The Mobility Robotics course is finally done, and I just started Perception. It seems to be way more concept-heavy than any of the other courses, but I like the content from Week 1 so far! I did not like Mobility as much, since it focussed exclusively on theory, and the content assumed a fair amount of comfort with kinematics/dynamics (which I don’t have anymore). Anyway, off to the articles for this week:
This article gives a quick introduction to Blockchain technologies, and then delves into the relationship between Artificial Intelligence and cryptocurrencies.
It discusses the various ways in which AI could transform blockchain tech, such as: 1. Improving the energy efficiency of mining centers (like DeepMind’s algorithms do for Google), 2. Increasing scalability using Federated Learning, 3. Predicting which nodes could solve a particular block, so as to ‘free’ up the others.
Coming across the mention of Federated Learning made me realise that I did not remember what it was, so I revisited the old(ish) post on Google’s Research blog.
Federated Learning works by decentralizing the training process for ML models (unlike most other technologies that mainly do inference on end-devices). This is useful in cases where communicating data continuously from devices causes bandwidth and latency issues for the user/training server.
It works like this: Every device downloads the latest version of a model from the central server. Then, as it sees more data in deployment, it trains the local model to compute small ‘focussed’ updates based on the user. All these small updates (and the not the raw data that created them) are then sent to the central server, which aggregates all the updates using the FederatedAveraging algorithm. Privacy is ensured primarily by retraining the central model only after receiving a certain number of smaller updates.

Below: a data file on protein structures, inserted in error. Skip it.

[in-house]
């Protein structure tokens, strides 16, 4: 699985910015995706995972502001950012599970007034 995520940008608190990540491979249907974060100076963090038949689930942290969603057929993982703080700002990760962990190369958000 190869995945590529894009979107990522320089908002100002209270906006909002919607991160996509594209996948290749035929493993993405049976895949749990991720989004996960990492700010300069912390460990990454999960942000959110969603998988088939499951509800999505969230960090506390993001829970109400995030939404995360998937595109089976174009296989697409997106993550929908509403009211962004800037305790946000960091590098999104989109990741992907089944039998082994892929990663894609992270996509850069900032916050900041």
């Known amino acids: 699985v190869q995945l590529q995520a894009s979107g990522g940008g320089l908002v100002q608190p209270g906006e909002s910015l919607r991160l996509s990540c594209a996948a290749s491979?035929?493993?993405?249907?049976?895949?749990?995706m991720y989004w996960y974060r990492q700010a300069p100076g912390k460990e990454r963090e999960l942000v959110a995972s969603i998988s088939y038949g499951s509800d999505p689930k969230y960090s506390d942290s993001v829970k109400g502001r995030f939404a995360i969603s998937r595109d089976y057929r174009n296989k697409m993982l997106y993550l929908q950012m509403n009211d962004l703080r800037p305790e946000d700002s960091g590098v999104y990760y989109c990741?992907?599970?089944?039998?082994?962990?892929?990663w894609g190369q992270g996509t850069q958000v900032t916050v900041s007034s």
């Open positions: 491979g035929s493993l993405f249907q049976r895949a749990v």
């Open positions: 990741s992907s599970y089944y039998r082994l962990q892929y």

Sometime back, DeepMind had unveiled the AlphaGo Zero, an algorithm that learned to play Go by playing only against itself (given the basic laws of the game). They then went on to try out the MCTS-based algorithm on chess, and it seems to be working really well! The AlphaZero algorithm apparently defeated Stockfish (current computer chess champion) 28 wins to none (and a bunch of draws).
Ofcourse, the superior hardware that AlphaZero uses does make a huge difference, but the very fact that such powerful computers can be optimally used to ‘meta-learn’ is in itself a game-changer. Do read the original paper to get an idea of their method (especially the section on input/outputs Representations to the deep network)
High-Throughput Sequencing (HTS) is a method used in genome sequencing. HTS produces multiple reads of an individual’s genome, which are then compared to some ‘reference’ to explore variations.
To achieve this, it is necessary to properly align the reads with the reference genome, and also account for errors in measurement. Essentially, every nucleotide position that does not match with the reference could either be a genuine variant or an error in measurement. This is determined using data from all the reads produced by the method – this problem is called the ‘Variant Calling Problem‘.
DeepVariant, an algorithm co-developed by Google Brain & Verily, converts the variant-calling problem into an image classification problem to achieve state-of-the-art results. It was unveiled at NIPS-2017, and they have open-sourced the code.
This is not really an ‘article’, but more of comic relief :-). It lists out various programming terms invented by real developers, that mock the various software engineering pitfalls in a typical workplace. Do read if you appreciate programming humor!